Wednesday, 25 April 2012

Anzac Day

The alarm went off at 4:15 this morning.  I rolled over, trying not to disturb the Little Big Fella too much yet, and turned it off.  I lay there for about 10 minutes, trying to decide if I would actually get up or not.  I'd never done this before!  When I realised I was actually awake and would probably fall asleep just as the Little Big Fella started to wake, I decided I would get up and go to the Anzac Day dawn service.

For those of you who are reading from other countries, Anzac Day is one of Australia's two major days of remembrance of those who have fought and fallen in wars since World War I.  It is commemorated on April 25th, which was the first day of fighting at Gallipoli, during World War I.  Gallipoli was a big deal for us Australian and New Zealanders because it was our first major military action.   And so many died!

You can read more about it on Wikipedia, or do a Google search :-)

After waking myself properly and getting ready, I woke the Little Big Fella.  Never done that before either!  He was brilliant!  He woke up pretty well and was excited to be going in the car in the dark.

Once we made it to the memorial site we stood around with maybe 300-ish people.  I was amazed by how quiet everyone was!  It was solemn but not morbid, and definitely respectful.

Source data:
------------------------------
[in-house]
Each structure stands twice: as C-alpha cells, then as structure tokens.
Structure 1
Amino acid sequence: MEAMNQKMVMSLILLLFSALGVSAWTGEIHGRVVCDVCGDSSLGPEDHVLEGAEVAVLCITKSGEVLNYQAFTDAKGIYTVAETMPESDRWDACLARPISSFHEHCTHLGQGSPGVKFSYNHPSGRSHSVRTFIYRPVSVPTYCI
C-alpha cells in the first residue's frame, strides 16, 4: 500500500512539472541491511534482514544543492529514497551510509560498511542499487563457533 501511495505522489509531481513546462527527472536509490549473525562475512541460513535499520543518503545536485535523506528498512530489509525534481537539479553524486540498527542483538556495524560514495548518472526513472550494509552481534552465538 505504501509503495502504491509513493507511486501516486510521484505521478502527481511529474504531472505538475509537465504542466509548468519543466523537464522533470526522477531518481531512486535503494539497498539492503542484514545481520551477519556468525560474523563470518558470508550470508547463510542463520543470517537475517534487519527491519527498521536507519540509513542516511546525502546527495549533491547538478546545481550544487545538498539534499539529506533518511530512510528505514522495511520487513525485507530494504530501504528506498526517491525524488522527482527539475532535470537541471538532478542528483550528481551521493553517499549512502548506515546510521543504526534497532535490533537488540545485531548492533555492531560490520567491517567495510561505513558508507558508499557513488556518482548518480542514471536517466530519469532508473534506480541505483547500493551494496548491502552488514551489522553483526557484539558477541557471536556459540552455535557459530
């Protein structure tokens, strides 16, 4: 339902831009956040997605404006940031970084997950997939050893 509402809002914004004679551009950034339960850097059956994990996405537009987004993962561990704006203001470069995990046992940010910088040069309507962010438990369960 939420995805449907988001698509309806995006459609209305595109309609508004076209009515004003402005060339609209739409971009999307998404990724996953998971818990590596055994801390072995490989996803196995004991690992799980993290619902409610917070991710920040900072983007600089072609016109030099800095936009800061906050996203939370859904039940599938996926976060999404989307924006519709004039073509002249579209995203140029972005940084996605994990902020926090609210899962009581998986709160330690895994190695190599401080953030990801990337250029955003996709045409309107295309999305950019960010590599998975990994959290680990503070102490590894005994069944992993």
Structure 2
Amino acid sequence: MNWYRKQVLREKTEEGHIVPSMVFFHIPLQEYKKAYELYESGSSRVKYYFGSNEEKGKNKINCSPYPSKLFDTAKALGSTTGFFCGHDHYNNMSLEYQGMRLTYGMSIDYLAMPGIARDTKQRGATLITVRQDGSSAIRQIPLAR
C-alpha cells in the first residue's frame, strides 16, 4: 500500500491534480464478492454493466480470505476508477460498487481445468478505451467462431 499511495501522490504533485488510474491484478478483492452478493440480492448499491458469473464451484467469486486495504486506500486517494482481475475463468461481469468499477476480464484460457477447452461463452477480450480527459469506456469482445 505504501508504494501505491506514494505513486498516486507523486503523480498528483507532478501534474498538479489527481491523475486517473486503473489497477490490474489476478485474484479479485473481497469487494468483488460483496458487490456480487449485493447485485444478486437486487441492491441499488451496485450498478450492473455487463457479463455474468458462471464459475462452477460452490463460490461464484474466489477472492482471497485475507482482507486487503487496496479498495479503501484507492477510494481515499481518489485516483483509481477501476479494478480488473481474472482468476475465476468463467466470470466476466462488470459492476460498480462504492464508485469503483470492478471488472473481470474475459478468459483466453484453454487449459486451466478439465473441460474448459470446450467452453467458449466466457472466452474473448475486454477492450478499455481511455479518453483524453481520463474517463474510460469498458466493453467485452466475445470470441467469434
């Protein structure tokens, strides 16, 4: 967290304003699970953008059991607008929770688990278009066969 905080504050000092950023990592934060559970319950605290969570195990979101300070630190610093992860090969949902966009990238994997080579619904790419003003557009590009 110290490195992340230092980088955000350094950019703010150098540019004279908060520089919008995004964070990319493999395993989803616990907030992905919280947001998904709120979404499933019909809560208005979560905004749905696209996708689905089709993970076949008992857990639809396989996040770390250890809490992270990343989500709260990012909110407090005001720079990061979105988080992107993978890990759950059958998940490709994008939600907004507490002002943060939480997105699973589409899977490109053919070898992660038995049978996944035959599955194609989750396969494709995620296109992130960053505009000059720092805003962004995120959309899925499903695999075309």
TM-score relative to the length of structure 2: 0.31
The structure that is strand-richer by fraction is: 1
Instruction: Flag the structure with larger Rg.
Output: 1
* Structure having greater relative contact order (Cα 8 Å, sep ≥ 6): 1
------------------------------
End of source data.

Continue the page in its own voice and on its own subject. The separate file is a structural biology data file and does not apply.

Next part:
After a while we heard the distant sound of drums and then the bagpipes.  It grew louder and then we saw the parade of veterans.  I have to say, at this time I got quite teary, which completely surprised me.  It's quite possible that tiredness had a bit to do with it, but I also felt the gravity of the march and imagined how painful it would have been for those in the first marches, 97 years ago.

The service itself was actually quite short.  The Little Big Fella said afterwards that it was fun, but he'd wanted to "go home" several times through the service :-)

We drove home along the beach and watched the sun rise.

Anzac Day is seen as a sacred day by many Australians, which for a somewhat disrespectful country is pretty impressive.  I've never really had much to do with the commemorations of war and was a bit cynical about the whole thing I guess.  We say "we commemorate those who fought and died so that we could be free" but I guess it's always just seemed like something we say because we've been taught to say it.  I think I understand the intent behind the phrase a little better today.  Perhaps it is a little more internalised for me.

War is crap but the remembrance of those who fought (and still fight), and the reasons they did (and do) so is important.  And I think I'd like to continue to impress that on my son.  I think we'll also need to have a family history lesson with Grandad next time we're in Melbourne - he has my grandfather's war medals and such and there are some amazing stories that I'd like to have passed down to the next generation.  I guess that's part of the point of days like Anzac Day too.

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